Friday, June 9, 2006

report from the conference

(courtesy of Dr. Natalie Tarenko, writing specialist at Texas Tech)
Greetings from the LWI conference.  The poet Alberto Rios has written about the benefits of binocular or double vision, two ways of seeing something.  As is often the case, the best parts of the presentations thus far have been those times when one presentation/presenter does double duty and connects seemingly disparate topics; so, too, it has been interesting to catch those moments when two entirely different presentations/presenters at different times sometimes have echoed each other.
Alison Craig from BYU connected the praxis of giving a grammar diagnostic with the praxis and theory of empirical research ("Diagnosing Our Diagnostic: Using 'Re-vision' in Empirical Research").  Particularly interesting was her description of "the swampy place of creativity," whence solutions emerge from "the murky depths" that cannot be plumbed consciously for solutions.  Useful also was the term "persistence of error" for those writing flaws that do not improve as rapidly as everyone hopes; a recent and related term is "fossilized" concepts or errors.
Marilyn R. Walter from Brooklyn Law School connected the creation and teaching of a law and literature course with finding fresh inspiration in an already successful teaching and research career ("Don't Slow Down: Teaching Law and Literature").  Professor Craig Lawson (University of Nebraska), who was in the audience, generously volunteered to set up a clearinghouse/exchange for law/lit syllabi and other materials.  His e-mail is  Prof. Lawson welcomes everyone to participate, including readers of this blog who did not get a chance to attend the conference; one does not have to share materials in order to receive the materials that will be exchanged.
Sonia Bychkov Green and Maureen Straub Kordesh, each from The John Marshall Law School, described the summer program at their law school in "A Chance to Succeed: Teaching Legal Writing and Analysis to At-Risk Law Students in a Summer Assessment Program."  While not the focus of the presentation, one memorable tip was to use the Off-sides Rule in soccer to illustrate factors and elements; the professor could even bring a soccer ball to class to round out the different learning styles/approaches that can be put into play with such a demonstration.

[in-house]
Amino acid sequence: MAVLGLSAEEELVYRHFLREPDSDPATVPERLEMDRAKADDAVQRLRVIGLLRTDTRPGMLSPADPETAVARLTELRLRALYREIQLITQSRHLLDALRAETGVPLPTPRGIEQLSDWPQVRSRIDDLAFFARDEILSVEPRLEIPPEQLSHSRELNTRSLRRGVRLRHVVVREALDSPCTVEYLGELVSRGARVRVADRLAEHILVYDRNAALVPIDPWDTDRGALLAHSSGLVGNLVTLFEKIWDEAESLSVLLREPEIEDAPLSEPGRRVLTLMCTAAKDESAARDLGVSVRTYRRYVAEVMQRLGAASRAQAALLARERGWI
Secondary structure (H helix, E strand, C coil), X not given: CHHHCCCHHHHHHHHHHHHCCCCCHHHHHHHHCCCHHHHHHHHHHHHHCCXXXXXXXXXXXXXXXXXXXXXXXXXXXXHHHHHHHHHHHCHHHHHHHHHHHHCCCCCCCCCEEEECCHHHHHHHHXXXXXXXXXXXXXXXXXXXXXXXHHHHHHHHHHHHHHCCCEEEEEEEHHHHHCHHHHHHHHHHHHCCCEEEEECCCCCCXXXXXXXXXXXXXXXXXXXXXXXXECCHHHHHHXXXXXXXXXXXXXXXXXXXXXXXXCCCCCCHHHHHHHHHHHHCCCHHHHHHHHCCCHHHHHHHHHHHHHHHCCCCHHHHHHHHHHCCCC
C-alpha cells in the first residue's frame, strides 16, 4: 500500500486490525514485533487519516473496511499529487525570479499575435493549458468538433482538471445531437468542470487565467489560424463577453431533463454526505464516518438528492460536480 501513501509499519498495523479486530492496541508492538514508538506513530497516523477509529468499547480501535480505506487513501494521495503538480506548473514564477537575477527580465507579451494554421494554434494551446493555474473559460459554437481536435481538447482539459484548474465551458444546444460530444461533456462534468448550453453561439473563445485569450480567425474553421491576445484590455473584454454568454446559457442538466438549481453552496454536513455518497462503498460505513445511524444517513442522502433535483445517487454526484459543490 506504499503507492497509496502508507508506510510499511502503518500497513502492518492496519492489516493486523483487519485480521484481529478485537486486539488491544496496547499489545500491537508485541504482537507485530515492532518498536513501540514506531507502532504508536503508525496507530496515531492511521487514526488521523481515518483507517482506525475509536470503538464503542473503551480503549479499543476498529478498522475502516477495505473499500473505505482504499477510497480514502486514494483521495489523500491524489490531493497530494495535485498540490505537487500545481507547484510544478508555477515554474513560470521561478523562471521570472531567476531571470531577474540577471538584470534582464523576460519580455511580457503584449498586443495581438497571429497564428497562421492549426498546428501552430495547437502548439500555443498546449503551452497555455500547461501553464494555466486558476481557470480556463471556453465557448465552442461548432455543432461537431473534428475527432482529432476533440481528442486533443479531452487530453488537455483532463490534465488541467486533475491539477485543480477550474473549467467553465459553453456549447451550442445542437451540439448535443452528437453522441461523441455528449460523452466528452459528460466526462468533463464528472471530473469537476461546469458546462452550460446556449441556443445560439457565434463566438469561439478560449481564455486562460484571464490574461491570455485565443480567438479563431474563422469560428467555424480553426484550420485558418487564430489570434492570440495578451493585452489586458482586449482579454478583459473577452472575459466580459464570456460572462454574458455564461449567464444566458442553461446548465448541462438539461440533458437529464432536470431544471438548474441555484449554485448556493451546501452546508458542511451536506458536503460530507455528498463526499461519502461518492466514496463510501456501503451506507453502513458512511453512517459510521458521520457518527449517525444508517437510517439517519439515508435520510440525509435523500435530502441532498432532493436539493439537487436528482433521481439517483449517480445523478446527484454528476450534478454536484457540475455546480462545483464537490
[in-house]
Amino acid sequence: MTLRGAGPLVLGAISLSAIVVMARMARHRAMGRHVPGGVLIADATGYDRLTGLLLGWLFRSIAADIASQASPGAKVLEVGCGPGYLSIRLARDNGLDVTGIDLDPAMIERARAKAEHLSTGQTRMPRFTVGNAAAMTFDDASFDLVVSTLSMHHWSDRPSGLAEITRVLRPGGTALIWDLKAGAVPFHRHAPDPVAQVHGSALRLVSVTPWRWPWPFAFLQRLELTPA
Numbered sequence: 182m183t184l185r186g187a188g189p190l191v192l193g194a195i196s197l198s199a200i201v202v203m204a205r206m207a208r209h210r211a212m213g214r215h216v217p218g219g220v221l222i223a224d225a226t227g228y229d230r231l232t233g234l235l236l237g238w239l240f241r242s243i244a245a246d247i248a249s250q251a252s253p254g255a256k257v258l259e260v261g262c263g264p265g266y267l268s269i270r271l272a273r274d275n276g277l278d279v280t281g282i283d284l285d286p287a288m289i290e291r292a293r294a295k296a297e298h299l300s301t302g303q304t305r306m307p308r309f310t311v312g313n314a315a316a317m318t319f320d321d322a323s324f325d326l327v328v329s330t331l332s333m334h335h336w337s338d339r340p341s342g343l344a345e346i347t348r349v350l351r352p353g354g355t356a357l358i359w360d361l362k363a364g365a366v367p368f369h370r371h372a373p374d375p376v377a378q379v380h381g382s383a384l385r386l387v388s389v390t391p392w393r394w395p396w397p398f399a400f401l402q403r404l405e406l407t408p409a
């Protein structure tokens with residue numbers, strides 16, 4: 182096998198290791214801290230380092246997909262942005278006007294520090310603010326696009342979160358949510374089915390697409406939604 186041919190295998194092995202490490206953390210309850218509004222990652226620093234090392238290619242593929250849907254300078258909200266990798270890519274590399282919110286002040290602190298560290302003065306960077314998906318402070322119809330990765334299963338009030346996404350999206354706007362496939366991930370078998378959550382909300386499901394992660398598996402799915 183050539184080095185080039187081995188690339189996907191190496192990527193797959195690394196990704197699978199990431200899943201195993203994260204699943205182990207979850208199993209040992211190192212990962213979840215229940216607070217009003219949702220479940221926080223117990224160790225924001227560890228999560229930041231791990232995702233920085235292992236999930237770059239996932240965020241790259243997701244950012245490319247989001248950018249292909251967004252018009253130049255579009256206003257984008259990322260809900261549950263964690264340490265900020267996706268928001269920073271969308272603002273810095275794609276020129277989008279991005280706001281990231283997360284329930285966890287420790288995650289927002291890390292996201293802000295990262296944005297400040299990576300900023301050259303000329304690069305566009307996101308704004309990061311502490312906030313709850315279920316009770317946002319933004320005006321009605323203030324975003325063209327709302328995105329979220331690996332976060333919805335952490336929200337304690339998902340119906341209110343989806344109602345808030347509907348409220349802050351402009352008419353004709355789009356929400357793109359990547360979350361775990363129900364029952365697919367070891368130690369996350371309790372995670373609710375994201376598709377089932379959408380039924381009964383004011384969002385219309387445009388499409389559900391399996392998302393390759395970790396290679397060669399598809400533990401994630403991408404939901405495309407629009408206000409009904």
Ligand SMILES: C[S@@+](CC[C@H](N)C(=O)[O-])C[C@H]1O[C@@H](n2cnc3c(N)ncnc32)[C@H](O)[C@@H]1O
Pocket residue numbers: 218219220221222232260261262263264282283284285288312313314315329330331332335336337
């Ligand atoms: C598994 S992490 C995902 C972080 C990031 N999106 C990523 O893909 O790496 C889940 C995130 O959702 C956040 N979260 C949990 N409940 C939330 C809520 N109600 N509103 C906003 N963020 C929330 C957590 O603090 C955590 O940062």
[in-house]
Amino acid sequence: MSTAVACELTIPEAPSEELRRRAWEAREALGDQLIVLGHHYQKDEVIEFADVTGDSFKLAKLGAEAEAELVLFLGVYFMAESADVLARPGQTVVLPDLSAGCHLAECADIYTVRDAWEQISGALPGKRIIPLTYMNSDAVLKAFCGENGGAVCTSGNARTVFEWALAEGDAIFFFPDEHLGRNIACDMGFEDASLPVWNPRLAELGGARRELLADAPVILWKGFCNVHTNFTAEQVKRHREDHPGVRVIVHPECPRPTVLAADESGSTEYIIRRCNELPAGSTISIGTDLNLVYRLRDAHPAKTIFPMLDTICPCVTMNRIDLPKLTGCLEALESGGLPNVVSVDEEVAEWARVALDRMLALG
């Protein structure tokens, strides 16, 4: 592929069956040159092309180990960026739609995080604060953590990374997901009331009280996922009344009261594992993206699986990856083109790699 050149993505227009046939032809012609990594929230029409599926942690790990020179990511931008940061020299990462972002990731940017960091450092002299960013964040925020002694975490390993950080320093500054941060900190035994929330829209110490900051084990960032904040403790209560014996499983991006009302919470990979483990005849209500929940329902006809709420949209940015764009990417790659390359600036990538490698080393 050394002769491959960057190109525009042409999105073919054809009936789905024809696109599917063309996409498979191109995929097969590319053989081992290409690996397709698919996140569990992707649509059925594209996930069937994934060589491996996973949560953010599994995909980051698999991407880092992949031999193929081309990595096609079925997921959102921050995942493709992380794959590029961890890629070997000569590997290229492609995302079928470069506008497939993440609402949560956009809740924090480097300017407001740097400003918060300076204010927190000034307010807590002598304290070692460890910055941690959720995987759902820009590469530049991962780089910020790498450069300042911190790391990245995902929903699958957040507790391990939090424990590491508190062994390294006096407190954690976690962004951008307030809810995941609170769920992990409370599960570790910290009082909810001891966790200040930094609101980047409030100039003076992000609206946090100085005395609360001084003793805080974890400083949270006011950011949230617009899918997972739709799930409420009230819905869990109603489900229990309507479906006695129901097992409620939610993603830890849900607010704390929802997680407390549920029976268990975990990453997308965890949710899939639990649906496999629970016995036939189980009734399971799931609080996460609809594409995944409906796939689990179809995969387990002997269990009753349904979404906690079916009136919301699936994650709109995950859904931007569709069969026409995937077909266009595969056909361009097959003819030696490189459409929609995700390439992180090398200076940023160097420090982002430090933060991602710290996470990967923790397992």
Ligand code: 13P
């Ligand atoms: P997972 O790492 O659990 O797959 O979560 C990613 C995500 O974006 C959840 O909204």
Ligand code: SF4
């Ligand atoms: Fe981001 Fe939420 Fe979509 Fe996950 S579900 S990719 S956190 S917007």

The Keynote Address given by Richard Gale and Dean Daisy Hurst Floyd already has been described.  The address stitched together insights from scholarship and praxis in the disciplines of drama and law.  One memorable statement came from the Carnegie Foundation's mission, to the effect that "a private act of teaching might become public."
"Reaching the Summit: Meeting Teaching Challenges and Working with Challenging Students" also already has been described.  Some particularly useful phrases to store away included "I can see how that would be frustrating" (in a group) and "What's going on," "I don't know if this helps or not," "One thing I know about you from class is," "Tell me what you've done/are doing/have tried," "It sounds as if," and "Let's brainstorm some ways you could continue to work on this project and get unstuck from the point at which you're stuck" (all for one-on-one/office/individual conference situations).
Chad Noreuill (Arizona State University), Allison Martin (Indiana University, Indianapolis) and Susan Smith Bakhshian (Loyola) shared interesting and useful techniques for "First Impressions: Introducing Yourself and Your Students with Style."  Some of the suggestions included small groups of 3-4 students who would search for similarities/similar quirks in their backgrounds and who then would share them with the rest of the class; benefits would go beyond ice breaking to helping students find some common ground they might not have been aware of otherwise (Bakhshian). 
Another interesting possibility for a bit later in the semester was a variation of Who Wants to Be a Millionaire; the law version would be Who Wants to Be a Supreme Court Justice (Martin).
For more details, please be sure to check the LWI website.
Some presentations that make a person long to be in two places at the same time included "Seeing the 'Big Picture': Using Diagrams to Facillitate Learning in Legal Writing Classrooms" (Karen B. Cooper and Jennifer M. Romig, Emory University); "Interactive Legal Writing Lessons: Alternatives to Reading about Writing" (Nancy Johnson and Beth Adelman, each from Georgia State University College of Law Library, and Wayne Schiess, University of Texas); and "New Scholarly Pursuits in the Peak Years: Film and Re-Thinking the Fundamentals" (Anne M. Enquist and J. Christopher Rideout, Seattle University).

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